5 polluters make money from Covid-19

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5 polluters make money from Covid-19

Amy Hall writes about companies and industries who increased their negative activities during Covid-19.


Make them pay action at COP25, Madrid. Credit: Victor Barro/FoEI

More projects

In June 2020 the Slovenian government gave a list of over 180 investments to help the economy after Covid-19, including gas, roads, and a new nuclear power plant. It also stopped protections for the environment and nature by giving construction and development permits more quickly. They changed the rights of campaigners to challenge these development projects. This means that most of the country’s environmental and conservation NGOs cannot challenge them in the courts until the end of 2021. Then many projects will already be in progress.

More mining

NGOs around the world found that mining companies have done everything necessary to continue working during Covid-19. This included lobbying governments to stop action to limit their negative impact on the environment and asking to be an ‘essential’ service. This risks local communities and company workers, especially in rural and indigenous areas. In these areas people are already more likely to catch Covid-19. And governments have tried to stop protests and sometimes used the military and the police. Yamana Gold is a Canadian company. Reports say it has used the shutdown to help its mining projects in Chubut, Argentina. There has been a ban on mining there since 2003. In May, people made a socially distanced protest and many received threats from the police.

Plastic is back

Plastic is back thanks to Covid-19. Industry has called on governments to delay or relax laws on single-use plastic. In June, over 125 health experts from 19 countries said that reusables were still safe to use. Plastic production uses a lot of fossil fuels. And petrochemical plants are often in communities with low incomes and minorities. They are the same communities that in countries like the US and Britain Covid-19 impacts the most.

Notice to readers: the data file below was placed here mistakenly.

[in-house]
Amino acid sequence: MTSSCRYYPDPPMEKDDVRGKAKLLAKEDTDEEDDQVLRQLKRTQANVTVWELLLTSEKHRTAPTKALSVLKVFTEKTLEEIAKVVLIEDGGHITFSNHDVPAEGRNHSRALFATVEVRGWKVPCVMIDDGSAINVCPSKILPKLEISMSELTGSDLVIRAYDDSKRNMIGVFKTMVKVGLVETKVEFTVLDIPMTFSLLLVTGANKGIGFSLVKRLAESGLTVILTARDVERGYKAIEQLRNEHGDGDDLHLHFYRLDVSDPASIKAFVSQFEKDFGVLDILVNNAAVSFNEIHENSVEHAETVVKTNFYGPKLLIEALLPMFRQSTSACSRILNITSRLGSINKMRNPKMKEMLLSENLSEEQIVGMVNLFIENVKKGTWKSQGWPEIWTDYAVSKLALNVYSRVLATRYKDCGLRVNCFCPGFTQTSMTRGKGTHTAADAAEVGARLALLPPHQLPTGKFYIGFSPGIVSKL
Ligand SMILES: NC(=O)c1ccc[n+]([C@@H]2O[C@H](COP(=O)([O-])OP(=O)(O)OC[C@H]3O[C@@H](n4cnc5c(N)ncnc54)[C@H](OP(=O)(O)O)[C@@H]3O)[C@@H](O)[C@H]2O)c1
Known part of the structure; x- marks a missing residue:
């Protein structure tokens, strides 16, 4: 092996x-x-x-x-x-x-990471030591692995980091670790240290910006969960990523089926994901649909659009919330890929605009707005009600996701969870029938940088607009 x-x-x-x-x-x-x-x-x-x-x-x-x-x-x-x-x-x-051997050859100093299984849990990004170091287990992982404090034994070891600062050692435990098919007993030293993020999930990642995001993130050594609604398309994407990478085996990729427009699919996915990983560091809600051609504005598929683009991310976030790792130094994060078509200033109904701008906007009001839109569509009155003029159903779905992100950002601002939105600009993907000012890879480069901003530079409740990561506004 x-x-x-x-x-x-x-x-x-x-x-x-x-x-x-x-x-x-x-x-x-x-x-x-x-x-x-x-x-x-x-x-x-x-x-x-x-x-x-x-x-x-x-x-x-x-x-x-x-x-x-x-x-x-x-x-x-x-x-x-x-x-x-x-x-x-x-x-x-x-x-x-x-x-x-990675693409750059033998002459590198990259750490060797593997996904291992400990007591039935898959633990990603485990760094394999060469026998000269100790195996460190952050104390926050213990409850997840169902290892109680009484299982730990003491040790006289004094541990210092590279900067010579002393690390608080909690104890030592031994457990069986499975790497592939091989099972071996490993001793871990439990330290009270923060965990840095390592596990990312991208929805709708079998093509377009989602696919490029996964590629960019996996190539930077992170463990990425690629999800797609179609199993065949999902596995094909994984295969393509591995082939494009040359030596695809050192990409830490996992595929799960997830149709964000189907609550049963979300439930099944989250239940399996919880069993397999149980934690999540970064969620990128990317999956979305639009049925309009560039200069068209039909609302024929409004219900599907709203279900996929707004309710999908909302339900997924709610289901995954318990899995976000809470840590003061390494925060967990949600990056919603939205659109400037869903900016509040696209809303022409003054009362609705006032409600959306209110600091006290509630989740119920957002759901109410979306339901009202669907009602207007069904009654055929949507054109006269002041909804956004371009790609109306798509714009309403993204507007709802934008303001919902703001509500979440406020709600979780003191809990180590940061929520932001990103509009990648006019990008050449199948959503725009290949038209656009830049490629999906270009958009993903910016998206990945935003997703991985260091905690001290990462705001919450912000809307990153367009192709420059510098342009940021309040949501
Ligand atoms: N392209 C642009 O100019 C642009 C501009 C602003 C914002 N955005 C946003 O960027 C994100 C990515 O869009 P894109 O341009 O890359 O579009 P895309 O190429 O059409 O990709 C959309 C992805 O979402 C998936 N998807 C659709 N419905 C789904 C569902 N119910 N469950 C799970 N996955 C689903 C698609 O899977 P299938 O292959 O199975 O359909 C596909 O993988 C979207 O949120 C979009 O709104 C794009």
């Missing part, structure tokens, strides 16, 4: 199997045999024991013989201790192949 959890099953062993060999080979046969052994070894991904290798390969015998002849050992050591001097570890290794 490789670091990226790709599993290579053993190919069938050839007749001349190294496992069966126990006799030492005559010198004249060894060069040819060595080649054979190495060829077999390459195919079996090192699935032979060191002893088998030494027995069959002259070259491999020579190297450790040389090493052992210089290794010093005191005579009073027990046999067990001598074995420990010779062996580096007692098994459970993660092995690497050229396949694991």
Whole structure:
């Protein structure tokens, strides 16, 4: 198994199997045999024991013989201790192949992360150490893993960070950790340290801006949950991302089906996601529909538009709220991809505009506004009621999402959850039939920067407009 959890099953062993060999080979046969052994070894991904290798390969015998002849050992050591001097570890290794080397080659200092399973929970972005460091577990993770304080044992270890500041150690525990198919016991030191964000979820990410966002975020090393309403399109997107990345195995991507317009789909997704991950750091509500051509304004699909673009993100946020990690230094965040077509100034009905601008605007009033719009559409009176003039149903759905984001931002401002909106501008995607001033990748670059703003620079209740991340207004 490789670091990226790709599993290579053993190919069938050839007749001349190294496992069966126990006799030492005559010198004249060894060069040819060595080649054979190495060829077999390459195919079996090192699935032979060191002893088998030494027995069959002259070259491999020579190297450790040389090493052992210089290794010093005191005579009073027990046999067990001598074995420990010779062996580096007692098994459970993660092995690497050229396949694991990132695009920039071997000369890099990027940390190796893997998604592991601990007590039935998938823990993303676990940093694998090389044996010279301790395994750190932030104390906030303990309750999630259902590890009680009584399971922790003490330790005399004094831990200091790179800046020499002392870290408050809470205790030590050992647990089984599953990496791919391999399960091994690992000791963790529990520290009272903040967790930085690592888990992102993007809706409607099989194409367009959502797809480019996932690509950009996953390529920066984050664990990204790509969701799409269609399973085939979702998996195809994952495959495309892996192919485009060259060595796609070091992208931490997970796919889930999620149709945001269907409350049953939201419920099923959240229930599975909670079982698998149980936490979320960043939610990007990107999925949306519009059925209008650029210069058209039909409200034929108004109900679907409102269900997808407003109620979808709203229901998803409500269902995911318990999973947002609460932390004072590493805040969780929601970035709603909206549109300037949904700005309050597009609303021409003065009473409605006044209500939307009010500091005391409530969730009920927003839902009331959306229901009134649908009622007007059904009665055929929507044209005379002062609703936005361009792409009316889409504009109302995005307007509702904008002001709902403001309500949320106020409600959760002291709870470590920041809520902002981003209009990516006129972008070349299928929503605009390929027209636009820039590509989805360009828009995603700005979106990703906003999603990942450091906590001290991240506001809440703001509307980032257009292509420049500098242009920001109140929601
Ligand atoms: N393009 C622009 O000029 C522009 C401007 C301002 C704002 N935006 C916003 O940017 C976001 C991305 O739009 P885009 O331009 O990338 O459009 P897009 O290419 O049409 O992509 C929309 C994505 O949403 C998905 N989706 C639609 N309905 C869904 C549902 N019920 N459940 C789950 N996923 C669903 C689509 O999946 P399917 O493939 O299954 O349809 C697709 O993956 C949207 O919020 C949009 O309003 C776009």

Air travel

Countries tried to stop Covid-19 by restricting travel and the air travel industry suffered. Before Covid-19 nothing could stop the air travel industry. Greenhouse-gas emissions from air travel were growing faster than predicted. One study said that by 2050, aeroplane emissions would use a quarter of the world’s ‘carbon budget’. Covid-19 forced us to stop flying. But governments did not support the workers with greener jobs, and they began to help the air travel industry.

More gas

In Victoria in Australia, there has been support for gas during Covid-19 shutdowns. In June and July the Victorian parliament gave two permits for offshore gas exploration. Environmental campaigners said it was very disappointing’ for sea life and fisheries. ‘There can be no doubt that seismic testing will impact on sea life, including whales,’ said Friends of the Earth. Fishers in Victoria reported an 80-per-cent drop in catching fish after seismic testing.



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